Python 2.7 Tutorial Pt 11

PythonIn this video tutorial on how to use Python, I will focus on how to use an interesting Python Module called Shelve. Shelve allows you to store data in files similar to how a database works. It is very easy to use and provides a convenient way to take advantage of the power of Python dictionaries while providing you with the ability to change the data.

I’ll continue in the next tutorial to cover another interesting Python Module called SQLite. It is a Module that can be used as if it was a database meaning:

  • You can run SQL queries on it
  • Information is stored logically

However, it operates without a need to have an actual database server. More on it next time.

Like always, a lot of code follows the video. If you have any questions or comments leave them below. And, if you missed my other Python Tutorials they are available here:

Here is All the Code from the Video

#! /usr/bin/python
import shelve

def addCust(database):
customer = {}

print “Add a new customer to the database\n”

custNum = raw_input(‘Enter a customer number: ‘)
customer[‘firstName’] = raw_input(‘Customer First Name: ‘)
customer[‘lastName’] = raw_input(‘Customer Last Name: ‘)
customer[‘streetAdd’] = raw_input(‘Customer Street Address: ‘)
customer[‘city’] = raw_input(‘Customer City: ‘)
customer[‘state’] = raw_input(‘Customer State: ‘)
customer[‘zip’] = raw_input(‘Customer Zip Code: ‘)

database[custNum] = customer
return

def main():
database = shelve.open(‘customers.dat’, writeback=True)

addCust(database)

lookForCust = 1

while (lookForCust != ‘0’):
lookForCust = raw_input(“Enter Customer Number(0 to Exit)”)

if lookForCust ==’0′:
break
else:
try:
for i in database[lookForCust]:
print i, ” “, database[lookForCust][i]
except KeyError:
print “Customer not in database”
break
else:
print “\n”

database.close()

if __name__ == ‘__main__’: main()

6 Responses to “Python 2.7 Tutorial Pt 11”

  1. Don says:

    Little issue here:

    I’m getting an error that reads:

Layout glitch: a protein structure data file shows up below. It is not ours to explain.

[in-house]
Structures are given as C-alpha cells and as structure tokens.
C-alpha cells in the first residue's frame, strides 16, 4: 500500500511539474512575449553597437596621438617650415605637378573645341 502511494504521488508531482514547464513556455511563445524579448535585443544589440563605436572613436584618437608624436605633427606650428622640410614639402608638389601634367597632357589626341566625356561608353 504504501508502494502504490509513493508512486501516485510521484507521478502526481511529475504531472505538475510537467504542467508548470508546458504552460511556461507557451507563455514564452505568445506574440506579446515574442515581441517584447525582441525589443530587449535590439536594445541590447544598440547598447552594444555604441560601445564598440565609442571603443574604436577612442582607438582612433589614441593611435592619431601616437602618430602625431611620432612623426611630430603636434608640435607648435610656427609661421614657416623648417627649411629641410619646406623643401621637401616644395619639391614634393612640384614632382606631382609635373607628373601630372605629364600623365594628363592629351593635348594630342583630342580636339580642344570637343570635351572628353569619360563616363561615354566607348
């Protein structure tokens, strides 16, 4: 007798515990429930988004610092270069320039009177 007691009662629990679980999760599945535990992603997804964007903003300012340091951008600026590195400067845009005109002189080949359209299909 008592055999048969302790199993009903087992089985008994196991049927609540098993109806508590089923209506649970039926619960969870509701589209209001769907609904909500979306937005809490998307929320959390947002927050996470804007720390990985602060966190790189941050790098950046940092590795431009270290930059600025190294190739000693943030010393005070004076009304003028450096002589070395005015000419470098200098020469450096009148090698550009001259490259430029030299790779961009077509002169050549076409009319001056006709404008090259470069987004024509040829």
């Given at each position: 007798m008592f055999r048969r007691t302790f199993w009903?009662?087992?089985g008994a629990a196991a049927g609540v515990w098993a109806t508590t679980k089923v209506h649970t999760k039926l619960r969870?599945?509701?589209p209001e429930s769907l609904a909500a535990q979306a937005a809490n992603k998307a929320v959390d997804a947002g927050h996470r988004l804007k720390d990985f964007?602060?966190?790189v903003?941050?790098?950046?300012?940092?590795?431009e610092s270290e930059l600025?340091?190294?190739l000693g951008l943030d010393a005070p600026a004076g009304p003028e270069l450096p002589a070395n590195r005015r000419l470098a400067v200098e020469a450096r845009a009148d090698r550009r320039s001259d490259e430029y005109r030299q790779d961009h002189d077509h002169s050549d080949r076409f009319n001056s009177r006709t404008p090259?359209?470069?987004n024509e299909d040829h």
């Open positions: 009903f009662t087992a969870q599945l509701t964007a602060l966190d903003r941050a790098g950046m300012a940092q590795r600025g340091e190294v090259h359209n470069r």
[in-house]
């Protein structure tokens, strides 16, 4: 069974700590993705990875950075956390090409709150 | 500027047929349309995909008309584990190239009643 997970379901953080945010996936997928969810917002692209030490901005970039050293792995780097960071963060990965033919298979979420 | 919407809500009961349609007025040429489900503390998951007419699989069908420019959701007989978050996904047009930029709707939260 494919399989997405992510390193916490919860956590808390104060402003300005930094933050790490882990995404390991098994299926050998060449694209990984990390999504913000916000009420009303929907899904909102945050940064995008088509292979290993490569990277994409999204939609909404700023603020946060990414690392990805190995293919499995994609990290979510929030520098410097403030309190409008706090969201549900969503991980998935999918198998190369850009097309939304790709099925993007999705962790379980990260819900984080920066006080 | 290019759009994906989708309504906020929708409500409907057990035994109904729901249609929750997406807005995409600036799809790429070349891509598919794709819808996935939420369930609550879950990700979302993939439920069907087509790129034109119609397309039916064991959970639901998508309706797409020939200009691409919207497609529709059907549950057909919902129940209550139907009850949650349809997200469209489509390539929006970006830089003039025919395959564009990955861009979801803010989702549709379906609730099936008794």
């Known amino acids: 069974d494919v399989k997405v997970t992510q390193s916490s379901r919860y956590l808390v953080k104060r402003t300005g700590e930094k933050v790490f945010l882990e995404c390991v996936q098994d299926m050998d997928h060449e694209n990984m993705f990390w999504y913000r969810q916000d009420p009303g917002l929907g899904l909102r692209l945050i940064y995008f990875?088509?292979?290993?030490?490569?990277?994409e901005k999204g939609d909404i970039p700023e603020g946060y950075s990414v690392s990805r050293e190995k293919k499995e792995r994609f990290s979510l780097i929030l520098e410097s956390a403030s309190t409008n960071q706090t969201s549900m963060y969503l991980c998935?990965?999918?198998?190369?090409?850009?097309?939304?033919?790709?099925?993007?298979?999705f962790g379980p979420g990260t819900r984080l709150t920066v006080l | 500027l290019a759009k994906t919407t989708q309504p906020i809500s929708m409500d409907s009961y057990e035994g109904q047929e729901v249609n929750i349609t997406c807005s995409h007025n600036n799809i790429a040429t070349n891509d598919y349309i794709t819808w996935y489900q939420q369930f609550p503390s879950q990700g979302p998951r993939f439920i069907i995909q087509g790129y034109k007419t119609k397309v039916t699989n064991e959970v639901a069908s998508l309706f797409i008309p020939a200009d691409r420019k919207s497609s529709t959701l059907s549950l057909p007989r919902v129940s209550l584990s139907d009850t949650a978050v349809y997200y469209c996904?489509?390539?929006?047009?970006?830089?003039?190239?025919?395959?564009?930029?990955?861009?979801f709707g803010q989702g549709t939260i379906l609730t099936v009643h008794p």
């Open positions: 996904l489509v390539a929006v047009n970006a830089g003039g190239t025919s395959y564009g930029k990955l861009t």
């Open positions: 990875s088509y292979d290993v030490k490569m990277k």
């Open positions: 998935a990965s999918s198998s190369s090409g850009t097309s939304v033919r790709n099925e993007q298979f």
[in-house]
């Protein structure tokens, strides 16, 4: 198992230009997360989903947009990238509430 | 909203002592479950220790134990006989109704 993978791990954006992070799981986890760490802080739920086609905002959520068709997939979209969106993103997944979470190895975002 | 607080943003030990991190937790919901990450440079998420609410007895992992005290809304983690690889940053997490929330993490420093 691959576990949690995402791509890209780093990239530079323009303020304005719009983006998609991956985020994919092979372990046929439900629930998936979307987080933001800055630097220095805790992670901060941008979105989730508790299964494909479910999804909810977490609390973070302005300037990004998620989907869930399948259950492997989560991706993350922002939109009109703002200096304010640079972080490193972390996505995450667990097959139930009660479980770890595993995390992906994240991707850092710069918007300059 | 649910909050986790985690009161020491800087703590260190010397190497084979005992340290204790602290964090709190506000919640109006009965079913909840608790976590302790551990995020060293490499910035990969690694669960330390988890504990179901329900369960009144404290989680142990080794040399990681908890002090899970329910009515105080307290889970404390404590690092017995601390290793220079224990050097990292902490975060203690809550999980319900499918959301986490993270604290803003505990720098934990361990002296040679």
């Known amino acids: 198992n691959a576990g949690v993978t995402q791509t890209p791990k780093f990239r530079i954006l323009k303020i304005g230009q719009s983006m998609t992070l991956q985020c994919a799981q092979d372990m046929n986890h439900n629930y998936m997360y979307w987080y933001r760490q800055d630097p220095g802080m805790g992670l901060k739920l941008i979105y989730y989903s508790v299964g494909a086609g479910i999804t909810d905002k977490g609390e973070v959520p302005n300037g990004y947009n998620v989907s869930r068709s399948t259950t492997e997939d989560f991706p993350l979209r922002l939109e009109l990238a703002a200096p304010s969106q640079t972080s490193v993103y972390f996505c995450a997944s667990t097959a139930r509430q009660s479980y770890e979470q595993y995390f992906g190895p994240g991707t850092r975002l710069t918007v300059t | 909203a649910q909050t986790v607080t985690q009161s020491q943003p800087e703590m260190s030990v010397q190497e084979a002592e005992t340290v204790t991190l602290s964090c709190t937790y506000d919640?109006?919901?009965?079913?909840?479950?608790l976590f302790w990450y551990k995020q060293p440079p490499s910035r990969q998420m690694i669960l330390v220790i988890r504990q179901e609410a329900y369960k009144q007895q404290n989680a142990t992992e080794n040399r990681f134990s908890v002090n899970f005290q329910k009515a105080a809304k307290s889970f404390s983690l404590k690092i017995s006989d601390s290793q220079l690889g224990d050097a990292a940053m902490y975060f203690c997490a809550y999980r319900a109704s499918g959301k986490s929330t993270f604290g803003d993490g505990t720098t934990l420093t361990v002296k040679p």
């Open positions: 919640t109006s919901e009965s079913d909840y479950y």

database = shelve.open(‘customers.dat’, writeback=True)
    AttributeError: ‘module’ object has no attribute ‘open’

    Has “Shelve” been updated? I can’t seem to “open” it.

    • admin says:

      Make sure everything is indented properly. That is the only way I was able to get that error. Sorry that is the only thing I can come up with with just that little bit of code

  2. Don says:

    It seems to be. Tried a few combinations but it lined up with the database = open… line:

    import shelve

    def addCust(database):
    customer = {}

    print “Add a new customer to the database.”

    custNum = raw_input(“Enter a customer number.”)
    customer[‘firstName’] = raw_input(‘Customer First Name: ‘)
    customer[‘lastName’] = raw_input(‘Customer Last Name: ‘)
    customer[‘streetAdd’] = raw_input(‘Customer Street Address: ‘)
    customer[‘City’] = raw_input(‘Customer City: ‘)
    customer[‘State’] = raw_input(‘Customer State: ‘)
    customer[‘Zip’] = raw_input(‘Customer Zip Code: ‘)

    database[custNum] = customer
    return

    def main():
    database = shelve.open(‘customers.dat’, writeback=True)

    addCust(database)

    lookForCust = 1

    while (lookForCust !=0):
    lookForCust = raw_input(“Enter Customer Number(0 to Exit) “)

    if lookForCust == ‘0’:
    break
    else:
    try:
    for i in database[lookForCust]:
    print i, ” “, database[lookForCust], i
    except KeyError:
    print “Customer not in database.”
    break
    else:
    print “\n”

    database.close()

    if __name__ == ‘__main__’: main()

  3. Don says:

    Derek:

    I think the problem was that Eclipse doesn’t seem to have imported shelve or spllite with the Python package.

    I ran it in IDLE and it worked fine.

  4. matt winchester says:

    # ” if __name__ == ‘__main__’: main() ”
    Dear instructor my name is matt
    and im confused with the line of
    code. Do I always use this at the
    end of file?

    • Derek Banas says:

      It is basically used so that the python interpreter can tell the differenct between the main program and imported modules. When the python interpreter executes a program if it is the main program, it gives the special variable __name__ the value “__main__”. If you input another module into your code that module won’t have the value “__main__” set for its __name__.

Leave a Reply

Your email address will not be published.

Google+